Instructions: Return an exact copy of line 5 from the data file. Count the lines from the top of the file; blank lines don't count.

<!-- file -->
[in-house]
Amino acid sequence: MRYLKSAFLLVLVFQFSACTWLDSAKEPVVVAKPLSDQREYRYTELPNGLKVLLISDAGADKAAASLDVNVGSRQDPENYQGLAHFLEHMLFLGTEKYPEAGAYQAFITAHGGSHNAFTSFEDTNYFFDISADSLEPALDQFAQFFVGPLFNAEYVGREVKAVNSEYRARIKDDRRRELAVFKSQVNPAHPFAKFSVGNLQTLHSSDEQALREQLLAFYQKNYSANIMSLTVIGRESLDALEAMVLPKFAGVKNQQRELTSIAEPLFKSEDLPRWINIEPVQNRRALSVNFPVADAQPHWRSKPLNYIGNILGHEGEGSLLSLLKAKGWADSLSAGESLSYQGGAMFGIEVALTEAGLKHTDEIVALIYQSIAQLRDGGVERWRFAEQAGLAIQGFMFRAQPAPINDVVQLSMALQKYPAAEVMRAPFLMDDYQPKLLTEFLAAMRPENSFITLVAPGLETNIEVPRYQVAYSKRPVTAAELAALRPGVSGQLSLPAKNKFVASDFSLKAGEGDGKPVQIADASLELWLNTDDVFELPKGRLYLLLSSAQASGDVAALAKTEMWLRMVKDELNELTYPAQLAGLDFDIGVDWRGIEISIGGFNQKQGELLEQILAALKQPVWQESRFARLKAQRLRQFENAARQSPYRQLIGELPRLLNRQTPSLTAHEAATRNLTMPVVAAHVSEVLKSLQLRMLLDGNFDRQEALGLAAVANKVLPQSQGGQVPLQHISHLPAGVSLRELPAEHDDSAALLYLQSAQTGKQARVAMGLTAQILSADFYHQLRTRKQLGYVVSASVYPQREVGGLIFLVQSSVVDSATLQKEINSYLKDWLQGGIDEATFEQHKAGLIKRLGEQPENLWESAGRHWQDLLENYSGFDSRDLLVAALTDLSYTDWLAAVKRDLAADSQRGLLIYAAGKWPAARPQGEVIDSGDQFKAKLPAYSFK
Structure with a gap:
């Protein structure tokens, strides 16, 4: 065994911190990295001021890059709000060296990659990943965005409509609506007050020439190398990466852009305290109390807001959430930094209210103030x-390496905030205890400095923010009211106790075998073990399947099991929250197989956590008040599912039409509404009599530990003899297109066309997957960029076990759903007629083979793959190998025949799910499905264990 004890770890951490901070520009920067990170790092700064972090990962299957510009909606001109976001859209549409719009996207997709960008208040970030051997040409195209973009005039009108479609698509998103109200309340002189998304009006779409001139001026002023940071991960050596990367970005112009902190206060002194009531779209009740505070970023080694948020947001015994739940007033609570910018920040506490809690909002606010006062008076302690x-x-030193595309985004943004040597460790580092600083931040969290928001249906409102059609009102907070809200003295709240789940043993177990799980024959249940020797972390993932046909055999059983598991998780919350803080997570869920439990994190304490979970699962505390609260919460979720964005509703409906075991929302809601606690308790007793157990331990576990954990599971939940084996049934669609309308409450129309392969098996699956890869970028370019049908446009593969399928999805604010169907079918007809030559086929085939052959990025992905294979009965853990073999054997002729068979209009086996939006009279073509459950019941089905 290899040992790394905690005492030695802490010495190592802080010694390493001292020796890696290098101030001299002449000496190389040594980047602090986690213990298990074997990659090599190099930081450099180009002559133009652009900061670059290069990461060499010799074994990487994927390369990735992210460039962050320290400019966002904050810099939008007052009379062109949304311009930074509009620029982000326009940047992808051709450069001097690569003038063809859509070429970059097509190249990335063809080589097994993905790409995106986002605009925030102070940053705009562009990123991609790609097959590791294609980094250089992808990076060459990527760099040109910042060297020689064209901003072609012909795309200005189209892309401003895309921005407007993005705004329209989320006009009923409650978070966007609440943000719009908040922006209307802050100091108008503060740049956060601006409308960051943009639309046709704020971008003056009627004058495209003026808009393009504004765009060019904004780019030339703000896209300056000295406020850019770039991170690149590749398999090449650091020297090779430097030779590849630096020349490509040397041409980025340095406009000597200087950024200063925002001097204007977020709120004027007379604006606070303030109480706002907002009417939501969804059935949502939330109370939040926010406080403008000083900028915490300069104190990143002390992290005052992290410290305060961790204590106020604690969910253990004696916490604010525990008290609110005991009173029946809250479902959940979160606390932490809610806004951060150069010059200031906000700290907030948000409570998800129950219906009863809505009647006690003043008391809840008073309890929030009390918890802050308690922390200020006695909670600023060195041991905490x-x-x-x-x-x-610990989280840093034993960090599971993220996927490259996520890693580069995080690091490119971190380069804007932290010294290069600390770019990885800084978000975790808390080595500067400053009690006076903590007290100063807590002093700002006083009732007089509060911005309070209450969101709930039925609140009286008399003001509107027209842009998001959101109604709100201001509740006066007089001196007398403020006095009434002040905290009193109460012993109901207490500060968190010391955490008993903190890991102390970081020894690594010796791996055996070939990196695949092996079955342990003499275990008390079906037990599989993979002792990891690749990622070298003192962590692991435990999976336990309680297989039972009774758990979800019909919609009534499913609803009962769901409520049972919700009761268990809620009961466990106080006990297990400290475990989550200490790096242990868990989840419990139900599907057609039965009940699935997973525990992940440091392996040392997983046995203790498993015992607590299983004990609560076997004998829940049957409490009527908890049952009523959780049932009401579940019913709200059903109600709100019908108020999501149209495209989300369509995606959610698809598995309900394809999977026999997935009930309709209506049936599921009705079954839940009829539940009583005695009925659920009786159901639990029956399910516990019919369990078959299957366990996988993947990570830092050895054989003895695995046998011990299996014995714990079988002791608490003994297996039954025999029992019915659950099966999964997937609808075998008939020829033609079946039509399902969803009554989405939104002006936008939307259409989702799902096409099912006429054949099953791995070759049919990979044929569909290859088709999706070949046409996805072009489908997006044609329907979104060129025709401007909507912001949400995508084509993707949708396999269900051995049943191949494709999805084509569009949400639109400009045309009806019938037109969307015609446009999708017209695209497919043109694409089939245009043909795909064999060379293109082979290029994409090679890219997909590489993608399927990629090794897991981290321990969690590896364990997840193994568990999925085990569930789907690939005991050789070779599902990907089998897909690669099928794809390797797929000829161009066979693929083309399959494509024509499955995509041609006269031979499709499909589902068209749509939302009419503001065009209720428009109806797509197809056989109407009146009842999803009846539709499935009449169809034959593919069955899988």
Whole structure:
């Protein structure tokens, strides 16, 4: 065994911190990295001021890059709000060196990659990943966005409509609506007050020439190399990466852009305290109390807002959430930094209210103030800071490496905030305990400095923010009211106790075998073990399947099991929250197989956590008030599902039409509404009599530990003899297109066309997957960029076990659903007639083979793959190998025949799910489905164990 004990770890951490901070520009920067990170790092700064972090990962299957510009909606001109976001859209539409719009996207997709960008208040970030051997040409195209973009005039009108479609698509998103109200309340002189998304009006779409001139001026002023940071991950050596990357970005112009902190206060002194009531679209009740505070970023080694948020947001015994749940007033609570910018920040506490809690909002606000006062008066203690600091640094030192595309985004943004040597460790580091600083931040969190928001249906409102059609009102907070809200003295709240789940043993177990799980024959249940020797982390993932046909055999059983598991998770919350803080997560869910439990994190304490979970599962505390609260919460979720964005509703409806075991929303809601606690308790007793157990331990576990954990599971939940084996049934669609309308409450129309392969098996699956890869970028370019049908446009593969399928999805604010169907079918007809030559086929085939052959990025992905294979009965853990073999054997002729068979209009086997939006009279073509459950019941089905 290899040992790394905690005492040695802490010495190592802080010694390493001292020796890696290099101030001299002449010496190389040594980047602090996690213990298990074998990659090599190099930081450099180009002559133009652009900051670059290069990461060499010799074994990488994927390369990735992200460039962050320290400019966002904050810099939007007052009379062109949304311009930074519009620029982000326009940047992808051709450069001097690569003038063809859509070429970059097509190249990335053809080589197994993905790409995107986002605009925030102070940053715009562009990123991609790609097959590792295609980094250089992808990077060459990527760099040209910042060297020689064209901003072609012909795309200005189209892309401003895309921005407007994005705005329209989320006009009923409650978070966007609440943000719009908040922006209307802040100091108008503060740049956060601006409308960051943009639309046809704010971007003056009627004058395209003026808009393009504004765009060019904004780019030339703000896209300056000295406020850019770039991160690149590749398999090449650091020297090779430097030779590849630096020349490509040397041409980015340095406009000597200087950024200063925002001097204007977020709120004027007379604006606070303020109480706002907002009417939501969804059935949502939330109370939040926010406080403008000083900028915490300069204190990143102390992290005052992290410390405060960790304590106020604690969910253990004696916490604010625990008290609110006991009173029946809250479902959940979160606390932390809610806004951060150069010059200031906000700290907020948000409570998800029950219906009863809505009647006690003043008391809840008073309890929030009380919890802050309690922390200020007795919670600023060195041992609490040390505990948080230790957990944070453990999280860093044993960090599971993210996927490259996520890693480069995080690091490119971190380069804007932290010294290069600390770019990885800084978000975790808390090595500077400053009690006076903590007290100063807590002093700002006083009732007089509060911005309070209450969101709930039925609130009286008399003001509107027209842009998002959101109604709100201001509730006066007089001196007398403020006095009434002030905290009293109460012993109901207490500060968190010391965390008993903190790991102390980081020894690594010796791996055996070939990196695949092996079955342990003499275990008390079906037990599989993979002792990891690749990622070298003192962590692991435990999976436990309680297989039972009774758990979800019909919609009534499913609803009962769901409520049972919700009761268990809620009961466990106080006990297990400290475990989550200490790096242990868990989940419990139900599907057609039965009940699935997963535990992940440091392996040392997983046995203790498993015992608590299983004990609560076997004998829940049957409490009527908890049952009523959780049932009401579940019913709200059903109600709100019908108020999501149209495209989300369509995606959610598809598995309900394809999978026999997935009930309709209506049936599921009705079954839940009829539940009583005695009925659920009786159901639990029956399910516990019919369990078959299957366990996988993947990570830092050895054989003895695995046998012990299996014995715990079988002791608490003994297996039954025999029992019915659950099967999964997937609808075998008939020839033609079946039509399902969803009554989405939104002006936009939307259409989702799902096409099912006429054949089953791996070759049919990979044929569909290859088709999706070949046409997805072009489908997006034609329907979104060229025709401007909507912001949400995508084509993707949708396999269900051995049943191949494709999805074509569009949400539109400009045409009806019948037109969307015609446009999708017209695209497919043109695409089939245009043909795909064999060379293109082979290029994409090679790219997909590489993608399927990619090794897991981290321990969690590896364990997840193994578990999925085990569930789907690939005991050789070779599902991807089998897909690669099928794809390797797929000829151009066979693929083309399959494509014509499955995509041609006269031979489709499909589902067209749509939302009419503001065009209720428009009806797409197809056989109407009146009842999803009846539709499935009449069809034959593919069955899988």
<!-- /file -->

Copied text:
Whole structure: